Jesuit School President’s Removal of Planned Parenthood from Student Resources Sparks Protest

Seattle University President Stephen Sundborg. (Yosef Chaim Kalinko / Seattle University)
Yosef Chaim Kalinko / Seattle University

The decision of the president of Seattle University (SU), a Catholic Jesuit school, to remove the name of Planned Parenthood from its list of student healthcare resources has sparked protests from some students, faculty, and alumni.

About 1,000 SU students, faculty, and alumni have pushed back against the decision by Father Stephen Sundborg, S.J., reported the Seattle Times.

Protesters delivered a letter to Sundborg that said they “firmly denounce the administration’s removal of Planned Parenthood from advising resources.”

The letter added that protesters are “frustrated with administrative decisions that do not consult or reflect the beliefs of your students.”

“Furthermore, you have yet to cite the specific policies with which you claim to support this decision,” the students and their affiliates said.

As the Spectator, the school’s student newspaper, reported in an interview with Sundborg, the Jesuit leader directed College of Arts & Sciences Dean David Powers to ensure the name of Planned Parenthood was removed as a student resource from its Advising Center’s website. The nation’s largest abortion business was listed as a “Health and Wellbeing” resource.

“There’s one thing about what a range of Catholics believe, think and so forth, and what the official teaching of the Catholic Church is publicly,” Sundborg said. “We’re a public Catholic institution, and therefore, that’s why I needed to make that decision.”

Sundborg said his decision was made based on the teachings of the Catholic Church that assert human life is sacred and must be protected from conception.

“I made this decision, consistent with my own and other presidents’ previous practice, in my responsibility to publicly represent our university as Catholic and in reflecting the central teaching of the Catholic Church regarding abortion — specifically as a significant moral issue — and not any other services provided by Planned Parenthood,” said Sundborg in a letter to the community.

The Jesuit leader also thanked youth pro-life organization Students for Life of America (SFLA), which sent Sundborg a letter observing the abortion vendor was listed as a student resource.

According to the Spectator, Sundborg said the school’s Non- Discrimination Policy states, “All University policies, practices and procedures are administered in a manner consistent with Seattle University’s Catholic and Jesuit identity and character.”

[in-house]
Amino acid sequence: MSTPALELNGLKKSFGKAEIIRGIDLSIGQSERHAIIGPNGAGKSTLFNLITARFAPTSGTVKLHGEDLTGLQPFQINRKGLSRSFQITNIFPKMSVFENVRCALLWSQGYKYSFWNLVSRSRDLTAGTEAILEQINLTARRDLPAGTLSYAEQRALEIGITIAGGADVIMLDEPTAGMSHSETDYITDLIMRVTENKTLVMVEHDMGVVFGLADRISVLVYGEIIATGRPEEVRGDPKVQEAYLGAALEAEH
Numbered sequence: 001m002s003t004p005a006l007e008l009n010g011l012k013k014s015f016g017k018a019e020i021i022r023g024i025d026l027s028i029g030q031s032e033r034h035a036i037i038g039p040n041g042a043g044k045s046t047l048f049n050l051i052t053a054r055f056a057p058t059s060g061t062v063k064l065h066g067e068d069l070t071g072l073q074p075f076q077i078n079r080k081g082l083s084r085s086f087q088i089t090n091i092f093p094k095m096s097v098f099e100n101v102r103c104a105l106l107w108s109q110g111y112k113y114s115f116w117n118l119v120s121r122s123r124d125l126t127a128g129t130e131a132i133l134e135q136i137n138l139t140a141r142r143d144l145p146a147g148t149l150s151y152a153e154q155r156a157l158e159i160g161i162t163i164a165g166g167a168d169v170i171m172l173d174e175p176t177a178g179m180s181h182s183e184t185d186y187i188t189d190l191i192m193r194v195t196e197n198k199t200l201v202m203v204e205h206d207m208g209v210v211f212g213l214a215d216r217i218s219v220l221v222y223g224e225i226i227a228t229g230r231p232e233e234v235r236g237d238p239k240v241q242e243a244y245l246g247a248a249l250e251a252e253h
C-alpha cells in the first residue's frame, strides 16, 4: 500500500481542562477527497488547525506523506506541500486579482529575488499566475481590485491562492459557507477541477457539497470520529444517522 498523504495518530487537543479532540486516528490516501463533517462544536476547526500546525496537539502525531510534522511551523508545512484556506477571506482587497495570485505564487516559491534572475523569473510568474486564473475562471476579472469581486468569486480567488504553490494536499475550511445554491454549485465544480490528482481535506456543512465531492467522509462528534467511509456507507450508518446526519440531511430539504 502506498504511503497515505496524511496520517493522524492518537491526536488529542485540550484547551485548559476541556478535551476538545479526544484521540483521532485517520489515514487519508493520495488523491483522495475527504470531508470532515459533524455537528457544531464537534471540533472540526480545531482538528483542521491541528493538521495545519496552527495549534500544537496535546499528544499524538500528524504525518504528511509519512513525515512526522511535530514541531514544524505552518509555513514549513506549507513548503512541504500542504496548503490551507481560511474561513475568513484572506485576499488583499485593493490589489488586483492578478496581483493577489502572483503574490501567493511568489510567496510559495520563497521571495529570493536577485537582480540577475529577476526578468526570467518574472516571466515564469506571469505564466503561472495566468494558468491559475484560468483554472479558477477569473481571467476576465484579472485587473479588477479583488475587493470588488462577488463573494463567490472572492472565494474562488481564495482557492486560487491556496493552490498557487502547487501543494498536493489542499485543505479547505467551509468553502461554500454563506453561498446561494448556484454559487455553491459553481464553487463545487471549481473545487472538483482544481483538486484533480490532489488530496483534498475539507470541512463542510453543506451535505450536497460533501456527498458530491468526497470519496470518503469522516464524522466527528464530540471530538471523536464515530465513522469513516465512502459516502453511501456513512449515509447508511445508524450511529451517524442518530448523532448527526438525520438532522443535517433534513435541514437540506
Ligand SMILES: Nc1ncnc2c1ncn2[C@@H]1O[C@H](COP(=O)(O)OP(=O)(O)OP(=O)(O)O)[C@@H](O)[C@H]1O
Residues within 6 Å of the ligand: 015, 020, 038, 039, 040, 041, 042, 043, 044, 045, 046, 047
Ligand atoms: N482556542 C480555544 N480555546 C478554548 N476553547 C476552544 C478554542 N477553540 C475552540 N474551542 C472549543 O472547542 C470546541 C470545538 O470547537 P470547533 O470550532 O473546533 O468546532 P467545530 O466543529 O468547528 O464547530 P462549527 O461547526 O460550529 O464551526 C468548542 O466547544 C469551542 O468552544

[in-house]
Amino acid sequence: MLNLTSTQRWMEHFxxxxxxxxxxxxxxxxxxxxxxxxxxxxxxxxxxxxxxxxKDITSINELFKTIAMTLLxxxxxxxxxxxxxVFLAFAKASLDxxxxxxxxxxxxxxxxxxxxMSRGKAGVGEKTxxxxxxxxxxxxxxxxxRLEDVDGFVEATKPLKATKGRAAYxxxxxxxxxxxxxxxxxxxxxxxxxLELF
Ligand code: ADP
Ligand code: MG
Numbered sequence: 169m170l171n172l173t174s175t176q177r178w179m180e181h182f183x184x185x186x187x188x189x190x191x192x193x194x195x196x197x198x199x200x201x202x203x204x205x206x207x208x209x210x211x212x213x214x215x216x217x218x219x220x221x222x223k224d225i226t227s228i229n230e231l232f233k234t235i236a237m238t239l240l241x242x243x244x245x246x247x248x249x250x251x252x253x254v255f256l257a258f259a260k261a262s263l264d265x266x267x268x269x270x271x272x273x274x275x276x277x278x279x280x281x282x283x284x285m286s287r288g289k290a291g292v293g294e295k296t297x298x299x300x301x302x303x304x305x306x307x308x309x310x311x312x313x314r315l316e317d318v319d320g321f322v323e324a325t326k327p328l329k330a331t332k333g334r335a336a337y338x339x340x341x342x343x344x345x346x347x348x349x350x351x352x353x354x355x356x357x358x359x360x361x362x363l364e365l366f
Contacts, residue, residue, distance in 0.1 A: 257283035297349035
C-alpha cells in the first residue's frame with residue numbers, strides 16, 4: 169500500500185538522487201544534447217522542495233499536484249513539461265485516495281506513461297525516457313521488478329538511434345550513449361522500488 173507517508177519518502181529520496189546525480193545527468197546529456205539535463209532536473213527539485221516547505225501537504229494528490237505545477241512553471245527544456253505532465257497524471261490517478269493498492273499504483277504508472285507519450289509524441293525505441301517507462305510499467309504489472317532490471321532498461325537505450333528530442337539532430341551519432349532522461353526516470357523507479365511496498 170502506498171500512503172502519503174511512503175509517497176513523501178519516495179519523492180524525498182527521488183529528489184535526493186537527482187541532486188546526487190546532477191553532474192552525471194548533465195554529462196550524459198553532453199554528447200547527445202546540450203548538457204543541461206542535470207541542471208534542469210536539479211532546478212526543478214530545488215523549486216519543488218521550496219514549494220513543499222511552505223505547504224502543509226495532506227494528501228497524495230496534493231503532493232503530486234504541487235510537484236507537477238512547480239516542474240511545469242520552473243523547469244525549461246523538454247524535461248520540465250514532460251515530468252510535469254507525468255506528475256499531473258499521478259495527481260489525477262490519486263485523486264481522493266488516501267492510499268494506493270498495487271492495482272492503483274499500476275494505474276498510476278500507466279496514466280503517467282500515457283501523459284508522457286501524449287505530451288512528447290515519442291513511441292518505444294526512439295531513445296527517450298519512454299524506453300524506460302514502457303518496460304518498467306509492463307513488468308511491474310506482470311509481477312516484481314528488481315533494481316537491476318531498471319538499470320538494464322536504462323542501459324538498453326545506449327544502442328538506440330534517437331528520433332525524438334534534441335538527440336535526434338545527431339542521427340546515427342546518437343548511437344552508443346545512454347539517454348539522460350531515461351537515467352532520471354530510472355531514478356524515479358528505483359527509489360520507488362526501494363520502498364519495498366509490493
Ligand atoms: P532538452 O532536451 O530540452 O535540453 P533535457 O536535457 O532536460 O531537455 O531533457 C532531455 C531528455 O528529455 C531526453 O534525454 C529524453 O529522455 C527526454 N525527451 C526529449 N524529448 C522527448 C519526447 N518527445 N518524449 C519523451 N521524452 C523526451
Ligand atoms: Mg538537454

While there is no specific university policy that references Planned Parenthood or abortion, Sundborg said the school has a “long-standing practice” of removing references to the abortion business from the websites of the College of Nursing, the Law School and the College of Arts & Sciences.

“I have to draw the line somewhere,” Sundborg said. “It’s a judgment. I could have drawn it in a different place, but I drew it there eight years ago … I just continued so I was consistent with the decision that I made eight years ago.”

Senior Allie Schiele, a political science and criminal justice major, helped to create a petition that seeks to reverse Sundborg’s decision.

Her group’s goal is for the university to recognize that removal of Planned Parenthood’s name poses an “extreme danger to the welfare” of the students, the Spectator reported.

“It seems like President Sundborg wants this to go away quickly and wants it to be shut down,” Schiele said. “It seems like such a small issue, but it’s really not. The fact that he is not being swayed over by what I consider to be a large collective voice of the university is frustrating and makes me more likely to do something about it.”

Communications department instructor Jim Clune described Sundborg’s decision to remove Planned Parenthood’s name as a breach in trust, noted the Spectator.

“When they remove Planned Parenthood from options that women can take advantage of for their own health, it’s a form of censorship, and it’s showing they don’t trust their students,” Clune said. “People trust that Seattle University as an institution, stands for social justice, right? And [that it] supports organizations that support vulnerable, underserved and low-income women and as well as their students.”

Planned Parenthood receives more than $500 million in federal taxpayer funding. Nevertheless, the abortion giant has been accused of multiple scandals, including Medicaid fraud, allegations of child sex abuse cover-up, and profiting from the harvest and sale of body parts of babies aborted in its clinics.


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